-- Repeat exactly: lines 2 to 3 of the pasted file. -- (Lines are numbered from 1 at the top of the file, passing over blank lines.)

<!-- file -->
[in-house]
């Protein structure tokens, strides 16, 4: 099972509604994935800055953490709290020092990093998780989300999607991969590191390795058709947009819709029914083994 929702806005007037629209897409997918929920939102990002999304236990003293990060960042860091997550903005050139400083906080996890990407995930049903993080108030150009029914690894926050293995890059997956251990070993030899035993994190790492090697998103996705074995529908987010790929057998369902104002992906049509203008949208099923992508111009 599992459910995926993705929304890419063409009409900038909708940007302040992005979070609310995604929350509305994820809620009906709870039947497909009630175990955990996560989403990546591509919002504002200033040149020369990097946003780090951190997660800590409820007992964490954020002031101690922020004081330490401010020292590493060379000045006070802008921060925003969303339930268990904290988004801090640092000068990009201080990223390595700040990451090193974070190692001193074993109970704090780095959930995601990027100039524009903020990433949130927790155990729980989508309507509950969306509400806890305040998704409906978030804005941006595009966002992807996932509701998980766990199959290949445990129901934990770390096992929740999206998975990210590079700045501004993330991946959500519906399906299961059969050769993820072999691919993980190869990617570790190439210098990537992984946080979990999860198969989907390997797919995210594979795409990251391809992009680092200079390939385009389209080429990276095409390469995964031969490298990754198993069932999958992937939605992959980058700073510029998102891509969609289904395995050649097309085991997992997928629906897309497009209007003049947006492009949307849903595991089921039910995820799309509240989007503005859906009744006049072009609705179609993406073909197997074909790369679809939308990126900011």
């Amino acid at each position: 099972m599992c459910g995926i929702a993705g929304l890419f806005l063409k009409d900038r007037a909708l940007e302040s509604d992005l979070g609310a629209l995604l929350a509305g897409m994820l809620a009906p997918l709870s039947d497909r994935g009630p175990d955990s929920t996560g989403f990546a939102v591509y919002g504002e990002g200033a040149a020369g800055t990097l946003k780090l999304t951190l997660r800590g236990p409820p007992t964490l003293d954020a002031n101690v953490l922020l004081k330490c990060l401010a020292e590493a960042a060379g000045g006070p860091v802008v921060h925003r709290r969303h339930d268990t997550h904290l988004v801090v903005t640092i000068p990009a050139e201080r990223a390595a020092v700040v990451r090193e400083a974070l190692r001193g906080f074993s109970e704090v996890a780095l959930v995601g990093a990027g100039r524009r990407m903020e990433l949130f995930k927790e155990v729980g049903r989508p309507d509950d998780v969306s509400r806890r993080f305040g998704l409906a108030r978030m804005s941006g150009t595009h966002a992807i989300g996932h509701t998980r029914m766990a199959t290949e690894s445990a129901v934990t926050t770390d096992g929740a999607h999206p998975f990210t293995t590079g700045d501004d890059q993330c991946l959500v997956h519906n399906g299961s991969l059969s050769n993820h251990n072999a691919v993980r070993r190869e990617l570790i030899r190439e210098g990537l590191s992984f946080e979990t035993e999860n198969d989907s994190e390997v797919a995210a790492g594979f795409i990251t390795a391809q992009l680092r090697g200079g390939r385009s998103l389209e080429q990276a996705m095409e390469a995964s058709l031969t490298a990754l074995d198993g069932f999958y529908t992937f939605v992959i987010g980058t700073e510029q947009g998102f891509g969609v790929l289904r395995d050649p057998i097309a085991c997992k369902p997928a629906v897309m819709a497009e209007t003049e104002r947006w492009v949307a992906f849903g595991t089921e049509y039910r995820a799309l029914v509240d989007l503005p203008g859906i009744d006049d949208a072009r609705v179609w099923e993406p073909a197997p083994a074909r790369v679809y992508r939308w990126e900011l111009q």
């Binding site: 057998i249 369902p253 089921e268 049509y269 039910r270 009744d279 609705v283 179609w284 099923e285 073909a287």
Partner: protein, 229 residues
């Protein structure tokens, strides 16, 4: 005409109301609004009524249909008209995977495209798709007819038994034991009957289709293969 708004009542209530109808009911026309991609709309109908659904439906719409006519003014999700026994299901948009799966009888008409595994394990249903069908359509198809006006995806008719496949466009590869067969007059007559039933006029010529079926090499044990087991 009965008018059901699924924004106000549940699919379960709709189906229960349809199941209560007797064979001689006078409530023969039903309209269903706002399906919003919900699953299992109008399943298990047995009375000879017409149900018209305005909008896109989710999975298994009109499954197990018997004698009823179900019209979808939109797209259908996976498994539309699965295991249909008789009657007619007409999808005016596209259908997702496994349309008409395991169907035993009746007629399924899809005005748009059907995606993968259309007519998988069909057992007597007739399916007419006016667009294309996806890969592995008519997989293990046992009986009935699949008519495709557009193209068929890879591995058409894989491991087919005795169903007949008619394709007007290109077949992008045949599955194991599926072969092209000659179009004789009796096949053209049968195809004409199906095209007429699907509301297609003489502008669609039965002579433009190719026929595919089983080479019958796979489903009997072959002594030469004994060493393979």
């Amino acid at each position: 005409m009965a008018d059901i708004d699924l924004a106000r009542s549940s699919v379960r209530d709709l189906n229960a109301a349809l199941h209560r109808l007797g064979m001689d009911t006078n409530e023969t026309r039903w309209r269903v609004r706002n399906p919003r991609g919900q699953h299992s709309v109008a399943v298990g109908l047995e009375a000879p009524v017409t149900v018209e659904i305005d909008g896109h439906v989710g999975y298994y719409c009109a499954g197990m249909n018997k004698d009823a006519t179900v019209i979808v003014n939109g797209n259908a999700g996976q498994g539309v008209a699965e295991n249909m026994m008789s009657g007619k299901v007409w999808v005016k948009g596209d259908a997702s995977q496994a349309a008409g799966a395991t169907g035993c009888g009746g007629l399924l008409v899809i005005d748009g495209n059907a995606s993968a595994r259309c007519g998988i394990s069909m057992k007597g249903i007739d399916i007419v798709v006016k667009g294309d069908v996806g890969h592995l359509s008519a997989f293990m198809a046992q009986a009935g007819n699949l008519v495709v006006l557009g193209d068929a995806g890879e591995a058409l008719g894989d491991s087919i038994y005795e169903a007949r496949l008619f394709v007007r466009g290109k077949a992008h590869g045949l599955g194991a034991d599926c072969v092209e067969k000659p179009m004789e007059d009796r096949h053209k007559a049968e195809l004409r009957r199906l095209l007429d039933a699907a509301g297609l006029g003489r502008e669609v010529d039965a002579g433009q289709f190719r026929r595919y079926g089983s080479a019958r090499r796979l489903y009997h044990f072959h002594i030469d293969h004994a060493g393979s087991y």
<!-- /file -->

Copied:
């Protein structure tokens, strides 16, 4: 099972509604994935800055953490709290020092990093998780989300999607991969590191390795058709947009819709029914083994 929702806005007037629209897409997918929920939102990002999304236990003293990060960042860091997550903005050139400083906080996890990407995930049903993080108030150009029914690894926050293995890059997956251990070993030899035993994190790492090697998103996705074995529908987010790929057998369902104002992906049509203008949208099923992508111009 599992459910995926993705929304890419063409009409900038909708940007302040992005979070609310995604929350509305994820809620009906709870039947497909009630175990955990996560989403990546591509919002504002200033040149020369990097946003780090951190997660800590409820007992964490954020002031101690922020004081330490401010020292590493060379000045006070802008921060925003969303339930268990904290988004801090640092000068990009201080990223390595700040990451090193974070190692001193074993109970704090780095959930995601990027100039524009903020990433949130927790155990729980989508309507509950969306509400806890305040998704409906978030804005941006595009966002992807996932509701998980766990199959290949445990129901934990770390096992929740999206998975990210590079700045501004993330991946959500519906399906299961059969050769993820072999691919993980190869990617570790190439210098990537992984946080979990999860198969989907390997797919995210594979795409990251391809992009680092200079390939385009389209080429990276095409390469995964031969490298990754198993069932999958992937939605992959980058700073510029998102891509969609289904395995050649097309085991997992997928629906897309497009209007003049947006492009949307849903595991089921039910995820799309509240989007503005859906009744006049072009609705179609993406073909197997074909790369679809939308990126900011």
């Amino acid at each position: 099972m599992c459910g995926i929702a993705g929304l890419f806005l063409k009409d900038r007037a909708l940007e302040s509604d992005l979070g609310a629209l995604l929350a509305g897409m994820l809620a009906p997918l709870s039947d497909r994935g009630p175990d955990s929920t996560g989403f990546a939102v591509y919002g504002e990002g200033a040149a020369g800055t990097l946003k780090l999304t951190l997660r800590g236990p409820p007992t964490l003293d954020a002031n101690v953490l922020l004081k330490c990060l401010a020292e590493a960042a060379g000045g006070p860091v802008v921060h925003r709290r969303h339930d268990t997550h904290l988004v801090v903005t640092i000068p990009a050139e201080r990223a390595a020092v700040v990451r090193e400083a974070l190692r001193g906080f074993s109970e704090v996890a780095l959930v995601g990093a990027g100039r524009r990407m903020e990433l949130f995930k927790e155990v729980g049903r989508p309507d509950d998780v969306s509400r806890r993080f305040g998704l409906a108030r978030m804005s941006g150009t595009h966002a992807i989300g996932h509701t998980r029914m766990a199959t290949e690894s445990a129901v934990t926050t770390d096992g929740a999607h999206p998975f990210t293995t590079g700045d501004d890059q993330c991946l959500v997956h519906n399906g299961s991969l059969s050769n993820h251990n072999a691919v993980r070993r190869e990617l570790i030899r190439e210098g990537l590191s992984f946080e979990t035993e999860n198969d989907s994190e390997v797919a995210a790492g594979f795409i990251t390795a391809q992009l680092r090697g200079g390939r385009s998103l389209e080429q990276a996705m095409e390469a995964s058709l031969t490298a990754l074995d198993g069932f999958y529908t992937f939605v992959i987010g980058t700073e510029q947009g998102f891509g969609v790929l289904r395995d050649p057998i097309a085991c997992k369902p997928a629906v897309m819709a497009e209007t003049e104002r947006w492009v949307a992906f849903g595991t089921e049509y039910r995820a799309l029914v509240d989007l503005p203008g859906i009744d006049d949208a072009r609705v179609w099923e993406p073909a197997p083994a074909r790369v679809y992508r939308w990126e900011l111009q």